In the SAIT submission to the DTC, it was recommended that the extensive provisions contained in the SBC definition be revisited, specifically in relation to the accessibility of the incentive to SMEs. The proposal was to simplify the definition of a ‘small business corporation’ to ensure that the SBC regime becomes accessible to a wider group of taxpayers. The DTC responded by recommending to the Finance Minister that the ‘permissible shareholding’ for purposes of section 12E be simplified to include a SBC where the shareholder holds shares in another SBC.

4. The SBC gross income limit should be increased to R 50 million

SAIT advised that the gross income limit in section 12E(4)(a)(i) should be increased to R 50 million. The proposal was accepted by the DTC as it felt that the R 50 million limit ‘is a realistic figure to capture businesses which remain within a breakeven category’.

5. Small businesses should be allowed to account for VAT on the payments basis beyond the R 2.5 million threshold

The Institute recommended to the DTC that the most effective change to assist small businesses would be to allow small businesses to account for VAT on the payments basis. The DTC responded and accepted the proposal by including in the report that SBCs as defined in section 12E should be allowed to account for VAT on the payments basis. This recommendation will, however, be further investigated in the DTC’s review of the VAT system.

6. Delays in releasing VAT refunds

The VAT Committee of SAIT, in their Annexure C submission to National Treasury, submitted that neither the VAT Act nor the TAA contain any provisions that provide for the period in which SARS is eligible to refund amounts claimed. The result is that this anomaly leaves taxpayers with no legislative recourse against SARS because no legal obligation is placed upon SARS to provide a letter of findings in terms of section 42 of the TAA if no audit is launched. The taxpayer also has no recourse in terms of the VAT Act since the repeal of section 44(8).

The DTC concurred with the SAIT position and is proposing that more stringent time limits should be placed upon SARS in relation to the refund of VAT, and that specific communication lines should be established to increase the turnaround time in releasing VAT refunds. The wider implications of this will be assessed in the DTC’s review of the VAT system.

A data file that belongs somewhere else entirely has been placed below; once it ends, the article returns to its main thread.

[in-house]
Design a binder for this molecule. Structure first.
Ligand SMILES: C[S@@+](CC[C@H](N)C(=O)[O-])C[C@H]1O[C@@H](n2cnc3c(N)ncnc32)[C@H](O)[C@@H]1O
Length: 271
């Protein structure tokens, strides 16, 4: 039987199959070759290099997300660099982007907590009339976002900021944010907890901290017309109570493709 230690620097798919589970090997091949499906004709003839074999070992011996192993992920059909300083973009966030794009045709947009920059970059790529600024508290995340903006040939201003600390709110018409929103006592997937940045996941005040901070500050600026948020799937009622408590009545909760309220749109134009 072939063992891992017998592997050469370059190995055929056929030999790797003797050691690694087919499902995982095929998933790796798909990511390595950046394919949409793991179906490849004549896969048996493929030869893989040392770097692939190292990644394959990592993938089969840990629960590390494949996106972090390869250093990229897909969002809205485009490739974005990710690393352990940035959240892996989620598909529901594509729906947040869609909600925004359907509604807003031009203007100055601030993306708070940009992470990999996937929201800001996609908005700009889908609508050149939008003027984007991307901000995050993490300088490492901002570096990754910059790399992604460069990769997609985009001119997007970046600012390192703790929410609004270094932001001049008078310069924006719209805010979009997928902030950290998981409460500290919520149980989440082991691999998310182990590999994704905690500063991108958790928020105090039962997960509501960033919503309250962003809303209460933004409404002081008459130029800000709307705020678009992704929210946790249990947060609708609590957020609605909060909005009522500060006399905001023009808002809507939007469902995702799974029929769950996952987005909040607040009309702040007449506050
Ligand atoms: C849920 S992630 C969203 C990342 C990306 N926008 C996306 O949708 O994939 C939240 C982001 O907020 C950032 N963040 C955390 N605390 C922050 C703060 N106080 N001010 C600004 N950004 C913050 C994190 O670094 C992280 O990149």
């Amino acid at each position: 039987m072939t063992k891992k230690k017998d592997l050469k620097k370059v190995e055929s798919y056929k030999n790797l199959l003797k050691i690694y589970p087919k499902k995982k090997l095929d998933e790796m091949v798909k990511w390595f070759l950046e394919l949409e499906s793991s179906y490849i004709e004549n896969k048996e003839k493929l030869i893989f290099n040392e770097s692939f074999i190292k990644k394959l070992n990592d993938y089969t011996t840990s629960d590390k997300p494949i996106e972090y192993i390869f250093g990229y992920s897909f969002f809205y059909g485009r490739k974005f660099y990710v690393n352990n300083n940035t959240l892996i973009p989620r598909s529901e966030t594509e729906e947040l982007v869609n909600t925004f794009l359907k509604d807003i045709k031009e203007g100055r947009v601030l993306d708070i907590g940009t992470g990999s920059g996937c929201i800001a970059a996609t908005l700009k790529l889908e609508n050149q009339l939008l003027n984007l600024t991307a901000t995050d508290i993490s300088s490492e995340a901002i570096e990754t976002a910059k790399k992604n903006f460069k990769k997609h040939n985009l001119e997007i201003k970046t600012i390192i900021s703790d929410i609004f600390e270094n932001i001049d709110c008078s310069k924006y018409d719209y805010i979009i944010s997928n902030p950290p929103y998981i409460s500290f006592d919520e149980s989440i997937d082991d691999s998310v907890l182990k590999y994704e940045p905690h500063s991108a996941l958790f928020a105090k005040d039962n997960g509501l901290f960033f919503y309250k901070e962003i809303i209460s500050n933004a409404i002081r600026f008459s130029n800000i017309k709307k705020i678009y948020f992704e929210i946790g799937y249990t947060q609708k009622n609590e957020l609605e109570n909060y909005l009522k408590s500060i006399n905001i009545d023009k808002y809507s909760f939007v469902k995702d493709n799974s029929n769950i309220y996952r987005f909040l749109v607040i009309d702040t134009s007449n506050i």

7. Centralise SARS’ small business assistance

SAIT proposed to the DTC that all small business initiatives and training, whether of a tax, financial or business related nature, be centralized.

The DTC report proposes that SARS should establish a comprehensive separate line(s) of communication and offices for the SME sector. The report also proposed that SARS should establish a separate help desk or other communication alternative to increase the turnaround time in releasing VAT refunds. The DTC recommend that assistance be provided to entrepreneurs by the DTI, MSB business, community initiatives and universities.

8. Educate and train SARS officials on small business issues to improve compliance

In the SAIT’s submission on the impact of tax on small business growth in South Africa, it was proposed that more training should be provided to SARS officials (inter alia) to make compliance for small businesses less complicated.

The DTC accepted this this recommendation by making it explicit that ‘dedicated purpose-trained SARS officers’ would be critical in ensuring that the National Development Plan achieves its objectives in the SME sector.

 Please click on the links below to access the relevant submissions:


Section 240A of the Tax Administration Act, 2011 (as amended) requires that all tax practitioners register with a recognized controlling body before 1 July 2013. It is a criminal offense to not register with both a recognized controlling body and SARS.


The Act requires that a minimum academic and practical requirments be set to register with a controlling body. Click here for the minimum requirements of SAIT.